Originally created 06/27/04

Sea of mystery surrounds Martha's Vineyard in two new whodunits

Bright blue waters, miles of beaches, and quaint towns and villages make Martha's Vineyard a paradise for residents and for the boatloads of vacationers who visit the Massachusetts island.

Such a tranquil and idyllic spot would seem to be an unlikely setting for murder - except in two new whodunits.

The two books, by island residents Philip R. Craig and Cynthia Riggs, are among the latest hardcover novels of mystery and suspense, which include books by Janet Evanovich, James Lee Burke, Edna Buchanan and Dean Koontz.

In "Murder at a Vineyard Mansion" (Scribner), Craig offers his 14th book about islander J.W. Jackson, a former Boston police officer and part-time private eye. This time out, Jackson investigates the murder of a night watchman who was thrown off a cliff at the start of the summer season.

Summer is ending in "Jack in the Pulpit" (Thomas Dunne), Riggs' fourth book about the exploits of 92-year-old police deputy Victoria Trumbull. This case involves a series of suspicious deaths among some of the island's church members, all of whom had received gifts of food left anonymously at their homes.

In a way, food leads to trouble for Stephanie Plum in "Ten Big Ones" (St. Martin's), the 11th in Evanovich's series about the 30-ish bounty hunter from Trenton, N.J. As Stephanie and her colleague Lula stand outside a deli pondering their lunch options, a masked holdup man emerges from the store. The bounty hunter becomes the hunted after the fleeing robber's mask slips just long enough for Stephanie to see his face.

Billy Bob Holland, former Texas Ranger, stars in his fourth book, Burke's "In the Moon of Red Ponies" (Simon & Schuster). Holland has settled in Missoula, Mont., where he has hung out his attorney's shingle. His first client is a local American Indian activist charged with murder and with stealing files from a biotech company suspected of having sold biological weapons to Iraq in the 1980s.

A 1992 crime resurfaces in "Cold Case Squad" (Simon & Schuster), Buchanan's first in a planned series featuring four Miami police detectives who apply forensics to investigate long-unsolved crimes. A cold case heats up when a woman tells the officers that she has been spotting her former husband all over town - even though he officially died 12 years ago, burned to death in an accidental explosion.

Other unexplained sights appear in California, as a small town comes under siege by a mysterious, unearthly force in Koontz's "The Taking" (Bantam). The eerie day begins with a hard, steady, luminous rain and a strange scent in the air. As matters worsen - electronic communications fail, and odd sounds and mysterious lights appear - a young couple and their neighbors band together for survival.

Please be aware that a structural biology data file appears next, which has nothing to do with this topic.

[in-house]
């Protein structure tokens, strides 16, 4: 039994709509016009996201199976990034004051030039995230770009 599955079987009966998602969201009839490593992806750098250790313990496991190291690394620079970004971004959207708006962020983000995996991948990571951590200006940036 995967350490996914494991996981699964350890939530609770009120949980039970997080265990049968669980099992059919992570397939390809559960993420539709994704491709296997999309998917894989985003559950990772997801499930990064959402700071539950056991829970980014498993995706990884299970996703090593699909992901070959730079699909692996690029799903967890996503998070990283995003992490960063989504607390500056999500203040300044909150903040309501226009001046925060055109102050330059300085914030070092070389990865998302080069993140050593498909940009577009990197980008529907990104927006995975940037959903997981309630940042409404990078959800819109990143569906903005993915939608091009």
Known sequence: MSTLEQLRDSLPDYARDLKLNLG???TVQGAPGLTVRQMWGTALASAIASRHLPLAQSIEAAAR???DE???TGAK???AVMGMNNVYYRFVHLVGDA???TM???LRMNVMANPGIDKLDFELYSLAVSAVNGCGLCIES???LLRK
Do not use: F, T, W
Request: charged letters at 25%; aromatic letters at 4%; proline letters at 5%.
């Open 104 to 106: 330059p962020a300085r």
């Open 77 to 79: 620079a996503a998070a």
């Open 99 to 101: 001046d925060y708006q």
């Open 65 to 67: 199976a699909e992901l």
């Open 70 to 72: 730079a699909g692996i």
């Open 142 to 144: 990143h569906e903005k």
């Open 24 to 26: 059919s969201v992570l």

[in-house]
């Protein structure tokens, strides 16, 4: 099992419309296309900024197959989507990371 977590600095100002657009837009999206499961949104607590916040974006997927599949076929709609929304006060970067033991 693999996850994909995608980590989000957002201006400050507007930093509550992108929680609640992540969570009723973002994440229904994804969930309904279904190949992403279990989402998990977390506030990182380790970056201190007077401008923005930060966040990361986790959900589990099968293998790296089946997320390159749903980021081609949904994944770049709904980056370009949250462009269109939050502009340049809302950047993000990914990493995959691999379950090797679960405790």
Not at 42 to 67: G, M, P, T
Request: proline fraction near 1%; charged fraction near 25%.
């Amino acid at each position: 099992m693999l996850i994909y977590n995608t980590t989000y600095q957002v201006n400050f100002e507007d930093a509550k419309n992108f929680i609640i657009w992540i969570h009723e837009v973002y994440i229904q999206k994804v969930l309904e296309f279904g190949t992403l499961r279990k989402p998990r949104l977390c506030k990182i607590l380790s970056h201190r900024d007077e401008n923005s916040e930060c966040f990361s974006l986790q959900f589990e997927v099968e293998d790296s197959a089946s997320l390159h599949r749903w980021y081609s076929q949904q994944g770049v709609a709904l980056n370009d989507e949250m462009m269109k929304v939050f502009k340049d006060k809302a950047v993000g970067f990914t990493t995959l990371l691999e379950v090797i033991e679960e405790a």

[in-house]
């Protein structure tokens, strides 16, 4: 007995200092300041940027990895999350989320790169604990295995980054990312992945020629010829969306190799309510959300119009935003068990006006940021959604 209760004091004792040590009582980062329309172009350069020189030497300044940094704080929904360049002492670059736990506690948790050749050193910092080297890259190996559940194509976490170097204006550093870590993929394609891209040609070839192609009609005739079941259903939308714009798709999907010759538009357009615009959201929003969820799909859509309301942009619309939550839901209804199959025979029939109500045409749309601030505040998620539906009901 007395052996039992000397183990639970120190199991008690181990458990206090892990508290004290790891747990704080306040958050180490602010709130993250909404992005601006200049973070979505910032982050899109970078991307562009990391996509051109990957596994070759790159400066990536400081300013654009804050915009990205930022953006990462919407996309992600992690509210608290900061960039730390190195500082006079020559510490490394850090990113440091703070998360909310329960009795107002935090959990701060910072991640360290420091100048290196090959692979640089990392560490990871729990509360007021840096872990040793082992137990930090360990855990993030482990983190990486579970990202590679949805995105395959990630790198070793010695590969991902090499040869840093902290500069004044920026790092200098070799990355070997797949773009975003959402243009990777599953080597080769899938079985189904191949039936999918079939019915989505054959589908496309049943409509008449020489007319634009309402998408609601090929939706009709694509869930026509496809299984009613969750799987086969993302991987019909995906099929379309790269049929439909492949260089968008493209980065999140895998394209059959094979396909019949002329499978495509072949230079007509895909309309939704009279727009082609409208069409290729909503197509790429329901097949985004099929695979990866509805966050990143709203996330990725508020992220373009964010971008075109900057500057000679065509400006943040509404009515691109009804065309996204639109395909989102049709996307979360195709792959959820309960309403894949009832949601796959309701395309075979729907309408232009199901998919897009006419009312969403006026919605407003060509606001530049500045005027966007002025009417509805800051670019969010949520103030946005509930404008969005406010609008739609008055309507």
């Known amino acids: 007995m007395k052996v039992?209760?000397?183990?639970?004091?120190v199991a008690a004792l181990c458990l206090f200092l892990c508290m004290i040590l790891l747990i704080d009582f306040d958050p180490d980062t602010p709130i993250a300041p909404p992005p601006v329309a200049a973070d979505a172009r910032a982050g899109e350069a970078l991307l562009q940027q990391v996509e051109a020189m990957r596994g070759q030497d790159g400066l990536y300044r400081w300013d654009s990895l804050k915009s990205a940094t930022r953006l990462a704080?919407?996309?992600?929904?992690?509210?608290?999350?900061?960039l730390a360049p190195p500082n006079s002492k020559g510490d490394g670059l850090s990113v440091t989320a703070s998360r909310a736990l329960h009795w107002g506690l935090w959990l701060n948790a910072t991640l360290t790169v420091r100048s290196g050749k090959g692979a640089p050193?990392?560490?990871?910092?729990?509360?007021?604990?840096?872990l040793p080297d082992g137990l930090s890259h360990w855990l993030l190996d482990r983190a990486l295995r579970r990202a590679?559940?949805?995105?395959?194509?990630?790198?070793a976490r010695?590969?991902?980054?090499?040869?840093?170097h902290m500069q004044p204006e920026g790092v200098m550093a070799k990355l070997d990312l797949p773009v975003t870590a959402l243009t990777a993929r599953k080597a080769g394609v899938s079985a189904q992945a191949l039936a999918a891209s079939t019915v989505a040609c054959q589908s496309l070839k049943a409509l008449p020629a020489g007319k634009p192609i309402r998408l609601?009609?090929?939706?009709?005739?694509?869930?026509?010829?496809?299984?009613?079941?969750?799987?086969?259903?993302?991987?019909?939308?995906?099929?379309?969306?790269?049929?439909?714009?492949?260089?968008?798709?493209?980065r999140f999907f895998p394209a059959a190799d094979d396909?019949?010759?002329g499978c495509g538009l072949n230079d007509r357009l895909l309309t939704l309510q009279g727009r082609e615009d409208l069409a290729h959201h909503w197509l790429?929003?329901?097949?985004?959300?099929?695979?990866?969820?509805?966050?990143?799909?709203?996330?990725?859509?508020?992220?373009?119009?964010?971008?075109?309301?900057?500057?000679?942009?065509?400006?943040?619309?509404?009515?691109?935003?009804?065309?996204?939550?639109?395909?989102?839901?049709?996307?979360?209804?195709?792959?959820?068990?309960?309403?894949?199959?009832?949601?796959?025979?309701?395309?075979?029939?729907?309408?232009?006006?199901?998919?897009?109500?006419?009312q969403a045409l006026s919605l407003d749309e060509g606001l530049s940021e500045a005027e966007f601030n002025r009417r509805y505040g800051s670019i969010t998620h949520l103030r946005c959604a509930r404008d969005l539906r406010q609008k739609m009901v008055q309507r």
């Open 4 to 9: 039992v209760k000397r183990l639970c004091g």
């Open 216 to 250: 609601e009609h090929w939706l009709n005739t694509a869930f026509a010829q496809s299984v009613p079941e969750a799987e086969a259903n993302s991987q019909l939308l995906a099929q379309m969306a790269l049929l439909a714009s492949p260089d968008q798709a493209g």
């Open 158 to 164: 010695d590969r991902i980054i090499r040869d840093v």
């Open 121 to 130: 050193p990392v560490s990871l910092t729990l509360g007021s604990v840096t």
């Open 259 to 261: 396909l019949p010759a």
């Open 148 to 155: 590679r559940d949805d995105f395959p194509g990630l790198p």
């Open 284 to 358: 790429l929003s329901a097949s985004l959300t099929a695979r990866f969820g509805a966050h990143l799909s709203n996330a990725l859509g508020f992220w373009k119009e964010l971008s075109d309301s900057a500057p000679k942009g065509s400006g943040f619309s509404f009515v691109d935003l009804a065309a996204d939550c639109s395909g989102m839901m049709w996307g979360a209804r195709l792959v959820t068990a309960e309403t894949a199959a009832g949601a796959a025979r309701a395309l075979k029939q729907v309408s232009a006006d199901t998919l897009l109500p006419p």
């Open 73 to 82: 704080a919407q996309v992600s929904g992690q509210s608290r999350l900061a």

Retired spies re-emerge in "The Bourne Legacy" (St. Martin's) by Eric van Lustbader, as former CIA covert agent Jason Bourne (a character created by Robert Ludlum) is framed for the murders of two of his associates; and in "Old Boys" (Overlook), Charles McCarry's story of a former agent who asks colleagues for help when he suspects that the death of his cousin, also a former agent, has been faked.

Crime is nothing to smile about in "Killer Smile" arperCollins), Lisa Scottoline's story about an attorney whose life is threatened after she takes a case involving a suspicious suicide at an Italian-American internment camp during World War II; nor in "Secret Smile" (Warner), Nicci French's tale of a London woman who has trouble convincing her family that her sister's seemingly upstanding boyfriend is downright evil.

In "Monday Mourning" (Scribner), Kathy Reichs' seventh in the series, forensic anthropologist Temperance Brennan investigates after the basement of a Montreal pizzeria yields three female skeletons.

Three female victims of a male con artist join forces to try to bring him to justice but discover that his misdeeds go far beyond their suspicions in Bill Pronzini's "The Alias Man" (Walker).

In "Death of a Thousand Cuts" (Forge) by Barbara D'Amato, the founder of a now-defunct school for autistic children is discovered murdered as former staff and patients attend a 15-year reunion.

At a 20-year reunion held at a closed mental hospital, a former patient recalls the brutal and still-unsolved murder of one of the institution's nurses in "The Madman's Tale" (Ballantine) by John Katzenbach.

"The Judgment of Caesar" (St. Martin's), Steven Saylor's 10th mystery set in ancient Rome, finds series regular Gordianus the Finder trying to find a way to prove that his son is innocent of murder.

The murder of a Supreme Court justice occupies husband-and-wife FBI agents Savich and Sherlock in their ninth book, "Blow Out" (Putnam) by Catherine Coulter.

A U.S. Navy warship in the Persian Gulf is the target of a planned attack by al-Qaida in "The Command" (St. Martin's) by David Poyer.

In Gerry Boyle's "Home Body" (Berkley), the eighth book in the series, journalist Jack McMorrow of rural Maine investigates the disappearance of a troubled teenager who left behind a cryptic message.


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